This site is intended for health professionals only

At the heart of general practice since 1960

Gerard Bulger

  • Out-of-hours service had no GP on shift 125 times in a year

    Gerard Bulger's comment 07 May 2019 7:56pm

    I worked in Australia. Home visits rare, and if you want (say terminal patient) and there is no out of hours visiting...Services that tried to set it up were made insolvent by medicare changes in fees, as there was no evidence they improved health. If anything increase Casualty use. For seven years in UK I did my own on call for 2,400 patients and seldom woken up.

  • GPs required to take pictures of lesions before skin cancer referrals

    Gerard Bulger's comment 09 Apr 2019 4:35pm

    Such a shame GP have to refer and not deal with these lesions as GPs do in Australia where I have worked. There was a study eons ago from Liverpool that suggested GPs were better at it anyway (better margins). But it is the description and history that counts. If photo needed use dermascope, if you have that kit might as well do all in house.

  • GMC advises doctors to seek legal advice if reflections ordered by court

    Gerard Bulger's comment 12 Sep 2018 1:46pm

    They should have sought legislation to prevent such requests. Worse thing now is Trusts now demanding Appraisal Outputs, printouts from Clairty as a reference and part of thier contracts. I refused as should all GPs. I think NHSE will put a stop to this nasty habit
    https://bulger.co.uk/blogs/

  • Full-time GP numbers down by over 500 in just three months

    Gerard Bulger's comment 29 Aug 2018 9:14pm

    The funny thing is that GMC, under pressure no doubt from the medical education industry, has made it more diffuclyt for UK trained GPs in Australia or abroad to return to the UK, in its latest (May) guidance to Responsible Officers. I have no idea why they have made this change, and I doubt they do, as never replied to my asking. Gory details:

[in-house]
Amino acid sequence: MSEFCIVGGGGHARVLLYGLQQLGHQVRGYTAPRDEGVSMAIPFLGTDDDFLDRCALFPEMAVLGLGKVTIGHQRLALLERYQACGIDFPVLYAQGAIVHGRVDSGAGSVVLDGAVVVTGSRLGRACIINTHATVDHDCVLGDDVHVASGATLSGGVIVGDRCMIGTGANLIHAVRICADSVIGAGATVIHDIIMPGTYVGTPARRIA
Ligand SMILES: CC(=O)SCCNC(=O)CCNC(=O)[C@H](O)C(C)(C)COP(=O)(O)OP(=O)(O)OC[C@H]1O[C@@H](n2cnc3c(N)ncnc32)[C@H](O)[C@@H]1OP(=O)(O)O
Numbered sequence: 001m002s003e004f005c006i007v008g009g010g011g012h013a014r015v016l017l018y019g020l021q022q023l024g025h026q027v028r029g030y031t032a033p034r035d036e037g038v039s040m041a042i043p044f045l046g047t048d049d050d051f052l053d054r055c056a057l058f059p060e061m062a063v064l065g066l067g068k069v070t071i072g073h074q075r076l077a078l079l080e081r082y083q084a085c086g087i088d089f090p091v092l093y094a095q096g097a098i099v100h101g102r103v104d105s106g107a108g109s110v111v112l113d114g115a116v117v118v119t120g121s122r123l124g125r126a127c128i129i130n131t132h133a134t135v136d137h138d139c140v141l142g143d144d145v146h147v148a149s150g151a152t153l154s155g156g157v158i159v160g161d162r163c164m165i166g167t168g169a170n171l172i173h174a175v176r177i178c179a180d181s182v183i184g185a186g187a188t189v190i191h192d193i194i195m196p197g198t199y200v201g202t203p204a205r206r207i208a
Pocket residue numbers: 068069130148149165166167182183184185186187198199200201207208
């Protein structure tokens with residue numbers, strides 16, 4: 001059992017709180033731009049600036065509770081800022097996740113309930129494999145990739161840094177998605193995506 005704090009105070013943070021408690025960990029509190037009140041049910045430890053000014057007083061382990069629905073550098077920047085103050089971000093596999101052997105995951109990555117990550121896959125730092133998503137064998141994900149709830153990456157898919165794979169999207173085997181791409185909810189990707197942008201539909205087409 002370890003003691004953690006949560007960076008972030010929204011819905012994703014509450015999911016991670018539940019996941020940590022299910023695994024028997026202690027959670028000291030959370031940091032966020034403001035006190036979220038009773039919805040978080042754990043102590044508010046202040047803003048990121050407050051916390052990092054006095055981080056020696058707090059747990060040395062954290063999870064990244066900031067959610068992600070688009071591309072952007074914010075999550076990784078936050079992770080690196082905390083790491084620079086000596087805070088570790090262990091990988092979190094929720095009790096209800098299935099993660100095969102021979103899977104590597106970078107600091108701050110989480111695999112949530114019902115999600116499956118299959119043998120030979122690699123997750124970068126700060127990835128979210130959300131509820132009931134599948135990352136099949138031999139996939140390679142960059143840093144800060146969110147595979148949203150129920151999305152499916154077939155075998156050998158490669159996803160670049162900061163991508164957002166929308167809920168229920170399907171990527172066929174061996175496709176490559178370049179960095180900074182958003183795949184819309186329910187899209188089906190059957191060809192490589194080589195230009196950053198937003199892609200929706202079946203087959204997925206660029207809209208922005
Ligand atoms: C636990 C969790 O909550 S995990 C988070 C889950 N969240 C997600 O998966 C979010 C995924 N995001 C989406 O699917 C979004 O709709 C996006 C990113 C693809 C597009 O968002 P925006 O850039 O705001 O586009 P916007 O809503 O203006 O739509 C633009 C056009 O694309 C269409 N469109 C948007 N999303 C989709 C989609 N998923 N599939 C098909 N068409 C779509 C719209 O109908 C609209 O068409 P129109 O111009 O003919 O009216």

https://gerardbulger.com.au/revalitiation.html

  • What NHS England's top GP really thinks

    Gerard Bulger's comment 01 Aug 2018 5:55pm

    What is it that the NHS has had against small practices,against the evidence, when every study shows they offer good or better quality, preferred by patients and offer better continuity of care. Of course there have been bad inner city small practices. But that problem is due to GP payments system whch pay on list size as if static. Inner cities have huge turnover of up to 30%: looking after 10,000 patients and hitting tagets is easier in static village, than inner city with a turnover, so in there looking after 12,500 but paid to 10,000

  • Commissioners provide £1m bailout to CCG after influx of Babylon patients

    Gerard Bulger's comment 13 Jun 2018 2:08pm

    Cannot be undone. But NHS needs to move to Australin type of pay systemm with fee for service, so those practices that offer telephone or skype like consults only get a different fee from face to face or those able to visit.

  • The end game was always to dismantle general practice

    Gerard Bulger's comment 06 Jun 2018 10:59pm